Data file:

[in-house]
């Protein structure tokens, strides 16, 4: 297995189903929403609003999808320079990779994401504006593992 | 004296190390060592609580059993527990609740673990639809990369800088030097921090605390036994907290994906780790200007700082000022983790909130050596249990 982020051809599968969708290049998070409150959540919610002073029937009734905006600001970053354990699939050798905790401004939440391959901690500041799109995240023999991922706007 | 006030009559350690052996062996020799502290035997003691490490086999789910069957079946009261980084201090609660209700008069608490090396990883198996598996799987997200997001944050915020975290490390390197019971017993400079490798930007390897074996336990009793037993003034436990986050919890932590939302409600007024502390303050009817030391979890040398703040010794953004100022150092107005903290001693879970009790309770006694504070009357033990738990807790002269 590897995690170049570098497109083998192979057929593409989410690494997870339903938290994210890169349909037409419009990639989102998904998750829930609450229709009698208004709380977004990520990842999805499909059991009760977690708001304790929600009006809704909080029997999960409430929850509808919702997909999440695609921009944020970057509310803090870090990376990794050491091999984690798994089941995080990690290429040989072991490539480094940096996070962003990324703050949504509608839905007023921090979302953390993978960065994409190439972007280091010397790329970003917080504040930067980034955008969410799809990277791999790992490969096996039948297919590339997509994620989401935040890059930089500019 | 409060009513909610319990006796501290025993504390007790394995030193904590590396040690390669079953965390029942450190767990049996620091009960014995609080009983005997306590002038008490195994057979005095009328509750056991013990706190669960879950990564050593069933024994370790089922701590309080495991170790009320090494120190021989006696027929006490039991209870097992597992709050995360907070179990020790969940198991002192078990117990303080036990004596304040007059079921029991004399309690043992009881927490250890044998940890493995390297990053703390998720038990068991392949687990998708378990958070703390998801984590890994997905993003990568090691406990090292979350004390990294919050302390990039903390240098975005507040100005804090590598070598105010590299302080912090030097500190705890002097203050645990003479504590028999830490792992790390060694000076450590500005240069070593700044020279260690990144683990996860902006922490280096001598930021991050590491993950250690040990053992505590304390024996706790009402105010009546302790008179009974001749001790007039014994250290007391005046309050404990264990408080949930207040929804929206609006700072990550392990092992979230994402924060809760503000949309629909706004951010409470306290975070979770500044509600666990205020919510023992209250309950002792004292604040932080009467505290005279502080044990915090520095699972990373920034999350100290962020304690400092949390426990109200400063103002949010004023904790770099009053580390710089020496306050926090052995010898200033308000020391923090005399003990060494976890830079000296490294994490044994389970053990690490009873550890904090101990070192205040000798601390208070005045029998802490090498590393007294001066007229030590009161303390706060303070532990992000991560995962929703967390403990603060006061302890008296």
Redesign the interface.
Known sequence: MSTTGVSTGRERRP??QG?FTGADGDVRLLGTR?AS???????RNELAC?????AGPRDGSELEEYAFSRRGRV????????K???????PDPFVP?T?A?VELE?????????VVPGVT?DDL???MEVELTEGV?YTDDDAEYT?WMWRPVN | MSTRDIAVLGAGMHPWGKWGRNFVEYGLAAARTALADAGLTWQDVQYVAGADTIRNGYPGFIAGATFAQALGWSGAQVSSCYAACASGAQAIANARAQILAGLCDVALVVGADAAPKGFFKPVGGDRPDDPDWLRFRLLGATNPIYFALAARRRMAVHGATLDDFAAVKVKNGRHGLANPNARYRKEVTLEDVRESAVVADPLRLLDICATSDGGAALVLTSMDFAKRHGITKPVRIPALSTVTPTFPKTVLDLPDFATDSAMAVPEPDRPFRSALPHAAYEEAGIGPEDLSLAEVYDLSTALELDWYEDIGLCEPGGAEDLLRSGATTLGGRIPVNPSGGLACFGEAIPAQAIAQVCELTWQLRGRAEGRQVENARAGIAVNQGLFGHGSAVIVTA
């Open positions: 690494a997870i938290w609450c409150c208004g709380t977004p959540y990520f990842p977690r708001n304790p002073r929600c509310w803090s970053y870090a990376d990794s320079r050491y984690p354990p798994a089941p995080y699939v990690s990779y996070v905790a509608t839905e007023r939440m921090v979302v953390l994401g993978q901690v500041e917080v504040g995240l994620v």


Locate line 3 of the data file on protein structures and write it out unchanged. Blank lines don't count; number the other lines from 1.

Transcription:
Redesign the interface.